Sometimes, especially when I am struggling, I play the “what if?” game.
This is hard for me to admit but I wonder…what if
- we had only had 2 children?
- we hadn’t adopted so many?
- we hadn’t moved to utah?
- we had saved our money when we were younger?
- I read my scriptures more?
- I didn’t have to sleep so much?
- I had some amazing talent that would make some money?
- I had continued on teaching a couple of years ago?
- I could remember things and people?
- I wasn’t so shy?
- I could travel whenever I wanted?
- we could hire a nanny/housekeeper?
- we hadn’t joined The Church of Jesus Christ of Latter Day Saints?
- I didn’t have a solid testimony of my Savior?
- I had made __________ choice instead?
- I hadn’t met John at the airport?
Some what if’s can be productive and informative allowing myself the opportunity to make the changes needed in my life.
I have recently come to realize how detrimental most of my What ifs are.
They often place me in a position that makes me regret or feel bad about the direction my life has gone or is going. It makes me ponder on something that can in no way change or I can get lost in a fantasy that could be dangerous to my relationships/ family etc…
What ifs and pondering a different life can only lead to heartache for all involved. The best way to combat this is to make sure we are present in our day to day life.
Most of my what if’s don’t come when I am happy and things are going well. They usually come when I am low (for whatever reason). I feel like these thoughts and feelings come from Satan. They can’t come from a person who wants me to thrive in the life I have chosen.
Lately, I have had the continued thought of what my life would have been like if we hadn’t adopted all of our children. I can’t believe I am even saying this. The struggle is real. I love my children dearly, it isn’t that. It is the constant 24 hour a day demands that having a large family can bring. (I am also very tired because of the limited sleep I was able to get last night). At any given moment 11 of our children need to be picked up/ dropped off or have a choir concert, play practice, weightlifting, chorus, basketball/football games, cheer, go to hang out with friends and on and on the list goes. It gets very overwhelming.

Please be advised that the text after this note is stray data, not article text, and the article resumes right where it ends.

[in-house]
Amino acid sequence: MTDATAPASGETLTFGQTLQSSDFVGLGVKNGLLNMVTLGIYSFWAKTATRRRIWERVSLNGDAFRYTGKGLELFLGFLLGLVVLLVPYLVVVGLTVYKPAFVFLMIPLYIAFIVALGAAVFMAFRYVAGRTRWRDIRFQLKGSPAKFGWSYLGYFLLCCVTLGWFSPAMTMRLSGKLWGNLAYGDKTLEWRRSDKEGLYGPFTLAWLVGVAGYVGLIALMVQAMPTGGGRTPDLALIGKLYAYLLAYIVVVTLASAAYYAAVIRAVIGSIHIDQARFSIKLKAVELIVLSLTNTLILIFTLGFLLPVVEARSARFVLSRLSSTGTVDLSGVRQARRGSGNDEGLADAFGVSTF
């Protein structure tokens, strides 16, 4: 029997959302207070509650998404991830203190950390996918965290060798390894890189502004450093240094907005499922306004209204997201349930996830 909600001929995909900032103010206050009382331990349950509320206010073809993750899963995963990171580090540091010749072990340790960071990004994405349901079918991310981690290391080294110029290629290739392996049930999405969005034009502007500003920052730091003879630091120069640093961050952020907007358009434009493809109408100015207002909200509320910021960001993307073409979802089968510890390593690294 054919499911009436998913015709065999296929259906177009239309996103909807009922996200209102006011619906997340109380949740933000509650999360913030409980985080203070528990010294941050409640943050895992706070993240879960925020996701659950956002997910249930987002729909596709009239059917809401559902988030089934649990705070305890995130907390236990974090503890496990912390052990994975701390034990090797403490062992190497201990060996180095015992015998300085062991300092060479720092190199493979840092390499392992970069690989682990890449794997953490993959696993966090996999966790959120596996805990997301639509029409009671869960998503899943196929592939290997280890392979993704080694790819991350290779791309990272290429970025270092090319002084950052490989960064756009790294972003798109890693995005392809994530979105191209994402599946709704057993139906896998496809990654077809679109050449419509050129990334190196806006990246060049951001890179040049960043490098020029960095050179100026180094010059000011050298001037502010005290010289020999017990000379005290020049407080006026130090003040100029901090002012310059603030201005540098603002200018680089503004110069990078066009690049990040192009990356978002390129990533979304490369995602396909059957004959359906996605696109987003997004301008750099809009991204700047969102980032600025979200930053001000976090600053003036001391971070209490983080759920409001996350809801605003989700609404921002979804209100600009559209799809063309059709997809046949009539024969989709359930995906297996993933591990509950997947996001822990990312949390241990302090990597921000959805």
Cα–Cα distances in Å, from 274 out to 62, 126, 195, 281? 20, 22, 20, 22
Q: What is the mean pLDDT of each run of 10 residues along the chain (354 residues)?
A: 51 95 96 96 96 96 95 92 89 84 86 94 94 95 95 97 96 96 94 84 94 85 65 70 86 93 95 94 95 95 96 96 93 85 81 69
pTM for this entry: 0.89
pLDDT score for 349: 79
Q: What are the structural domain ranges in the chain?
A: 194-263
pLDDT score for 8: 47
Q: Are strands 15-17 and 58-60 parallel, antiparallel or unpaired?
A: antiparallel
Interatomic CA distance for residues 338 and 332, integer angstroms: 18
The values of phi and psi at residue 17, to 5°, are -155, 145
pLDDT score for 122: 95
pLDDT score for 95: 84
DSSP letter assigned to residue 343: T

Then, we have the added stress of dealing with traumas and triggers. Theirs and ours. It can be an unproductive vicious cycle when we allow it.
The point I am trying to get at is my life is pretty great. Sure it is filled with struggles and trials but it is all mine.
Usually the what ifs are a signal that I am focused too much inwardly and not focused on the more important part. I am being selfish, in essence.
My friend shared this amazing quote with me a few weeks ago when I was really wondering and struggling with my role.
“To be a righteous woman during the winding up scenes on this earth, before the second coming of our Savior, is an especially noble calling. The righteous woman’s strength and influence today can be tenfold what it might be in more tranquil times. She has been placed here to help, to enrich, to protect and to guard the home-which is society’s basic and most noble institution. Other institutions in society may falter and even fail, but the righteous woman can help to save the home, which may be the last and only sanctuary some mortals know in the midst of storm and strife” (Spencer W Kimball 1982)
My life is more important than what ifs. I choose to ask what now? How can I be better? What can I do to be stronger? What is going to get thrown at me next and am I spiritually strong enough to handle it? Is my marriage as strong as I need it to be? How is my relationship with my kids?
All of the sudden I have gone from fantasizing and not reality to proactive and thinking outward.